Posted by: Jeremy Fox | March 26, 2012

Cool new statistical method not so cool after all?

A while back I posted on a cool new nonparametric method, which goes by the acronym “MINE”, for detecting associations between variables in multivariate datasets. The method can detect even nonlinear (and non-monotonic!) relationships between pairs of variables, and it provides a measure of the strength of the relationship analogous to the familiar R^2.

Turns out that this approach has some drawbacks, though, perhaps quite serious. Andrew Gelman’s blog has a good summary of recent commentary. Not surprisingly for such a flexible nonparametric method, it seems to lack power. But there may be other issues as well, to do with things like the scope and rigor of the proofs of the method’s statistical properties. I’m not qualified to pass judgment on how serious these issues are. But if you’re thinking of using this method, you should definitely click through and check out the commentary.

UPDATE: The MINE authors themselves show up in the comments, briefly addressing the issues I’ve raised and noting that they’ve posted a detailed reply to the comments they’ve received over on Andrew Gelman’s blog. Great to see authors and their readers engaging in such a productive and substantial discussion. So if you’re interested in the MINE method, and alternative approaches, you really ought to click through to Andrew Gelman’s blog.


  1. This has all made me wonder much more about the Distance Correlation method – although I have not yet seen it used by ecologists. It seems to offer a simple and powerful way to test for association – whatever the function form – and, heck, it’s already implemented in R! Although, then again, it has some power requirements, but…reading the linked posts and commentary, it seems like it would be more robust to the kinds of noisy data that we often see in ecological settings.

  2. Oh that I had more time to read stuff. I recently devised a method for estimating the probability that a relationship exists between two variables, without the need to fit a curve to them. It’s based on a Monte Carlo evaluation of 2nd order differences (i.e. differences of differences) of successive values of the response variable. I have no idea if this is similar to what they’ve done or not. Seems not at first glance.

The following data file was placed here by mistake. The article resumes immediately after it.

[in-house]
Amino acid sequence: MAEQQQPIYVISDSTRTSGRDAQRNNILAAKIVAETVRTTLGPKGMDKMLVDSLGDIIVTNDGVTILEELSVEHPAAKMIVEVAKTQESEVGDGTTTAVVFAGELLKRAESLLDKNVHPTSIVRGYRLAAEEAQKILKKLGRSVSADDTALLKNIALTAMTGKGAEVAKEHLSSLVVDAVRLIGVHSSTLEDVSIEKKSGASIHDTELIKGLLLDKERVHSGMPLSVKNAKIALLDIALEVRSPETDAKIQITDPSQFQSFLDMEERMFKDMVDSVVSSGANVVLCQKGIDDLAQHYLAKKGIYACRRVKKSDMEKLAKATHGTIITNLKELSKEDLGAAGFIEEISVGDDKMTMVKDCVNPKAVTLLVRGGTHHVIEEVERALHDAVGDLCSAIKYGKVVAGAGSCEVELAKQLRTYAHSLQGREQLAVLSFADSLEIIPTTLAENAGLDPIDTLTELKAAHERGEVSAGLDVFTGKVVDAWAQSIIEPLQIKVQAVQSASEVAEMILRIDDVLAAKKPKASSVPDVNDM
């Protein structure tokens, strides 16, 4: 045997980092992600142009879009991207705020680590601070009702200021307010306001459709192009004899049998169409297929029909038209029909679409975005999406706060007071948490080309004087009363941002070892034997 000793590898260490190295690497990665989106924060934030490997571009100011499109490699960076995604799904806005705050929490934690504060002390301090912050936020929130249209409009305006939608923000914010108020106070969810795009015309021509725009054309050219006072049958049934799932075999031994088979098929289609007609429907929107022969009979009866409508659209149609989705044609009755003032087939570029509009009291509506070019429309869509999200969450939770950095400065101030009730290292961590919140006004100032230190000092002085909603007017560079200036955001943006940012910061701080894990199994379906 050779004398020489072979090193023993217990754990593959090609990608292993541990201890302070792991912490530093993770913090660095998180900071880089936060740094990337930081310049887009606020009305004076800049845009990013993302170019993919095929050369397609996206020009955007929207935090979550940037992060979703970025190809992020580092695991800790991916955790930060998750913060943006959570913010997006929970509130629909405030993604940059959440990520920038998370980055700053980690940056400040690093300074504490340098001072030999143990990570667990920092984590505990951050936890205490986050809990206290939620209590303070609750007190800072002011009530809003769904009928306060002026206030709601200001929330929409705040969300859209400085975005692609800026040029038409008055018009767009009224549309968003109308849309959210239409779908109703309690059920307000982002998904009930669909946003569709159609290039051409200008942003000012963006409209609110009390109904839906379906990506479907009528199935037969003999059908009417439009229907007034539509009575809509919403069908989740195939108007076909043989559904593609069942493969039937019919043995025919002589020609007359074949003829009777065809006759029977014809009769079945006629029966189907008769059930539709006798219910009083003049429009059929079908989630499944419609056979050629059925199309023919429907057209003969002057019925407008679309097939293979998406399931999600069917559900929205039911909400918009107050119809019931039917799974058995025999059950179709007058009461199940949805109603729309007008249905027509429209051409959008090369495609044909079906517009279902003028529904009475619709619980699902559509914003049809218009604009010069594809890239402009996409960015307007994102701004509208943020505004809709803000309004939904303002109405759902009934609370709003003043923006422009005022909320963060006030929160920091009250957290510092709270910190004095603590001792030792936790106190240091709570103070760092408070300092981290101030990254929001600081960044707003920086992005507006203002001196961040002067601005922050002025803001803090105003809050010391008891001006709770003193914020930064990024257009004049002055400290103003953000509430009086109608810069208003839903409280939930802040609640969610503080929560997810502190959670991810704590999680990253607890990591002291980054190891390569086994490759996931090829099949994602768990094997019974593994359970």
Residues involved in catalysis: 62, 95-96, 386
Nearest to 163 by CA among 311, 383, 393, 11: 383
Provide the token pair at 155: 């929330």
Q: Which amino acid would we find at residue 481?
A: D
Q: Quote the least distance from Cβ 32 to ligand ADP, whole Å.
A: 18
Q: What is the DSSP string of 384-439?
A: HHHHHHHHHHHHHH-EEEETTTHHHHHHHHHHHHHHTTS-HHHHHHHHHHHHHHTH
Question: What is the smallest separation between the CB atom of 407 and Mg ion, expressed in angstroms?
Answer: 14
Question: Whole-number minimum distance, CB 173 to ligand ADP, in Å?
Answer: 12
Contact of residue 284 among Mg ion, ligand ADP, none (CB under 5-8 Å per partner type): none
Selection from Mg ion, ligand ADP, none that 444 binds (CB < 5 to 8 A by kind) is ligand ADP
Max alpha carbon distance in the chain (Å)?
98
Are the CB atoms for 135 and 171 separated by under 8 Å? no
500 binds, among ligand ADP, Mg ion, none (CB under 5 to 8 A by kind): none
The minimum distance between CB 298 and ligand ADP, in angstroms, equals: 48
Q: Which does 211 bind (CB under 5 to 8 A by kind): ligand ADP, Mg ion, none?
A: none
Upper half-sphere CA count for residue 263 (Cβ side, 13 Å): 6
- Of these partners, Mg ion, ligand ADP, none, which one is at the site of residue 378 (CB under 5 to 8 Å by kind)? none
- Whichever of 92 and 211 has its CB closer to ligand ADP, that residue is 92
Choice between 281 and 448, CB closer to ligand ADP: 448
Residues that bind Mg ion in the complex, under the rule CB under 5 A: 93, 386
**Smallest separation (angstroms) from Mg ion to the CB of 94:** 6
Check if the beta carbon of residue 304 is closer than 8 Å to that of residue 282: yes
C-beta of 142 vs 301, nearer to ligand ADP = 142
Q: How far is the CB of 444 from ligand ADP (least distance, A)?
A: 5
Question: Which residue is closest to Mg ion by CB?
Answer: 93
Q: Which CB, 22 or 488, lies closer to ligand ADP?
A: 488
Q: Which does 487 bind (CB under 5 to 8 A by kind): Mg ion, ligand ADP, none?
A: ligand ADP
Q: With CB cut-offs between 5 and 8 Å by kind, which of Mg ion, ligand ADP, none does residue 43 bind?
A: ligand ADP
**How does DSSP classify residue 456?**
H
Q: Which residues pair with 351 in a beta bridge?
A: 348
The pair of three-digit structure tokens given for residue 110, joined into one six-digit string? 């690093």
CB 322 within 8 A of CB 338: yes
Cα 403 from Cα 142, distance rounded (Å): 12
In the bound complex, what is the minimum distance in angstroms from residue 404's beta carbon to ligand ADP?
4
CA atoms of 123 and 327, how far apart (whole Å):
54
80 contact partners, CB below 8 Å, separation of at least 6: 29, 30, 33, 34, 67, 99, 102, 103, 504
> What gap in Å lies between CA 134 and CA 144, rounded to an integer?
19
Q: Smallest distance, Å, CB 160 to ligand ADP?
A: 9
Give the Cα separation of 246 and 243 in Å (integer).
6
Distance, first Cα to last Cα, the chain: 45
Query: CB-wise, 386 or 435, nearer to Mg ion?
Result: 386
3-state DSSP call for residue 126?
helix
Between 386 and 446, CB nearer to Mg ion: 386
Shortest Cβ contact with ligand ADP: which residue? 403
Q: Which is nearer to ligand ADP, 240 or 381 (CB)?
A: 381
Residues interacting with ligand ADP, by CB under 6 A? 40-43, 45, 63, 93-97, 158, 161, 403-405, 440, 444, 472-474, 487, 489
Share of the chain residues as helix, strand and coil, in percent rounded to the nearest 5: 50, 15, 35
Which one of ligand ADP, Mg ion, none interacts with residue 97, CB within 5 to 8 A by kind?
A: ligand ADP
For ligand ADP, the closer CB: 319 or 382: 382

3. Hi all,

    We’re happy to see so much discussion of MIC and MINE. We wanted to point out that we had posted a response to the concerns summarized in Andrew Gelman’s blog when they were originally posted online. We have re-posted these on Gelman’s blog as a comment, so you can go there to read the discussion.

    We do want to clarify here, since it came up in this post, the issue of the scope and rigor of our proofs. First, to the best of our understanding, no one has challenged the mathematical rigor of our proofs. As far as their scope: it was indeed mentioned that the results we proved in our paper were proven about MIC and not about the approximation algorithm for it that we use in practice. However, almost all of our results actually hold without modification for the approximation algorithm as well, a fact that we perhaps should have made clear in our manuscripts. (See our response for more details.)

    • Very much appreciate your comments on this, it’s great to see authors really engaging with the questions, feedback, and critiques they’ve received. I’ll update the post to further encourage our readers to click through and read the entire discussion going on over at Andrew’s blog.

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